Buprenorphine works by attaching to the receptors in the brain and nervous system. It helps prevent withdrawal symptoms in those who have stopped taking other narcotics like OxyContinor heroin. The analgesic comes in two forms – tablets and a transdermal patch. Those who misuse the drug often inject it intravenously or inhale the crushed tablets through the nose. Strong warnings urge users not to crush or chew the sublingual tablets.Study Shows Many Patients Not Warned About Dangers The Waismann Method, a world-renowned opiate dependency treatment, released a survey on buprenorphine, showing that 70% of responders taking the drug to treat an opiate dependency reported they became dependent on it and needed treatment to stop.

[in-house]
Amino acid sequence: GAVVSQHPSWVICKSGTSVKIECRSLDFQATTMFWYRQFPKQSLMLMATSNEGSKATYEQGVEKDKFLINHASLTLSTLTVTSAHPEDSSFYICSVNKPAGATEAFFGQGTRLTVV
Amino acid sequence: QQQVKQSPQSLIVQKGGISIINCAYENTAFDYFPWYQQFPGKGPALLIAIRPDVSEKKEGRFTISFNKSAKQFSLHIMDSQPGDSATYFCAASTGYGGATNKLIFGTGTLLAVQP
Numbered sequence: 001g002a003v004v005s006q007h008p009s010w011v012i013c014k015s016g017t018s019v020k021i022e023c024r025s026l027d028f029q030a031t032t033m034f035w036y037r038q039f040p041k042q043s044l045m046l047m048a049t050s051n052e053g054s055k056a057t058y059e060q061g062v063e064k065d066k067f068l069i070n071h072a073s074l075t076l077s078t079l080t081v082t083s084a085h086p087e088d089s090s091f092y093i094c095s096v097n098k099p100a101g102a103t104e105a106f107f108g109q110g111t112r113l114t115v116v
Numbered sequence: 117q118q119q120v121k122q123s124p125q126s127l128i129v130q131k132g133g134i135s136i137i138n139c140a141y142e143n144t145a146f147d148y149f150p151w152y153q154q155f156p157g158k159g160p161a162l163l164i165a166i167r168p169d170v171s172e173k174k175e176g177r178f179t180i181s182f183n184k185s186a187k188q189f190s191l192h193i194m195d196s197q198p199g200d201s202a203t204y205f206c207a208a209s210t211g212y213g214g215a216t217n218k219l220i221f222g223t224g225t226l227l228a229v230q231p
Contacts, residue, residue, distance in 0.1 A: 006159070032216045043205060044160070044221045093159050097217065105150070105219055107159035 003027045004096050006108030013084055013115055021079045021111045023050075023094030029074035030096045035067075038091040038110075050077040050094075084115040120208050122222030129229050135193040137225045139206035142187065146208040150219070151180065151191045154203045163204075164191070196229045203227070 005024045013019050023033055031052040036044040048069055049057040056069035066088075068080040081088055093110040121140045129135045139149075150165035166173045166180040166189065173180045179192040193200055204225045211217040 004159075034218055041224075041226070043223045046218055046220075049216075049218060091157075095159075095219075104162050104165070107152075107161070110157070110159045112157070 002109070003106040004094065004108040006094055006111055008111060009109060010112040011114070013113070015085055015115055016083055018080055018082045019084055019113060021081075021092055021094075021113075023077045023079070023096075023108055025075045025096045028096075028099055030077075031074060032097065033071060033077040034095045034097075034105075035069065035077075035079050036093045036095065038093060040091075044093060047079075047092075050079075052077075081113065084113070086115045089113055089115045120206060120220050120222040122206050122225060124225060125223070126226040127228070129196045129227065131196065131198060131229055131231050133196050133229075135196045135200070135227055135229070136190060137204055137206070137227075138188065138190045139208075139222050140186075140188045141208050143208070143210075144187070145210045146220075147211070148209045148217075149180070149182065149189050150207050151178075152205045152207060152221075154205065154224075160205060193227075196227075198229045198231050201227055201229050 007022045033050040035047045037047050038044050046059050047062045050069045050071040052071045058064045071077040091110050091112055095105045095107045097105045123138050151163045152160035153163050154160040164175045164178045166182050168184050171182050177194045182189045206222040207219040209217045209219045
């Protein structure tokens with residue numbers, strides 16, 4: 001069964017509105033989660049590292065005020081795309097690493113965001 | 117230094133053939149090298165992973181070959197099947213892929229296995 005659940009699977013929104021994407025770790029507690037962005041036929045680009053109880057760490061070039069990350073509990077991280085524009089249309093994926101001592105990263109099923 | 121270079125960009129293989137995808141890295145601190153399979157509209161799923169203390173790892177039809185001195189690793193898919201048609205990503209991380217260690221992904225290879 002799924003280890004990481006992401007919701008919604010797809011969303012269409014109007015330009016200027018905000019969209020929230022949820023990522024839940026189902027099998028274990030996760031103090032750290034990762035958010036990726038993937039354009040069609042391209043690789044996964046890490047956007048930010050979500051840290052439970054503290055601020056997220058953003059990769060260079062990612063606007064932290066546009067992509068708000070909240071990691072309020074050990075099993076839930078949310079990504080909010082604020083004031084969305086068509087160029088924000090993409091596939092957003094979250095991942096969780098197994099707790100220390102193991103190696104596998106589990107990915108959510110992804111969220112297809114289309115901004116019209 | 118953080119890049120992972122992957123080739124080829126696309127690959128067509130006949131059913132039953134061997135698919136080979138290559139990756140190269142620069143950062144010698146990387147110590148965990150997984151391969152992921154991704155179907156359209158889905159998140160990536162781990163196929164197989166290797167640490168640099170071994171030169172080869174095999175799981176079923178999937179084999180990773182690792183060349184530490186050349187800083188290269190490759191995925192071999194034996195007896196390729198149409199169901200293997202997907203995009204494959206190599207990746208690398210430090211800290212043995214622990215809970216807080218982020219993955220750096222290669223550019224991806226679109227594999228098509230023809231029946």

Painkiller Overdoses On The Rise
The National Safety Council reported earlier this year that deaths from accidental drug overdoses are on the rise and that prescription painkillers can be blamed for many of the cases. According to WebMD, the biggest rise in these accidental deaths is among men and women between the ages of 20 and 64. And many of these cases have been attributed to overdoses of prescriptions including buprenorphine, oxycodone, hydrocodone, methadone and fentanyl.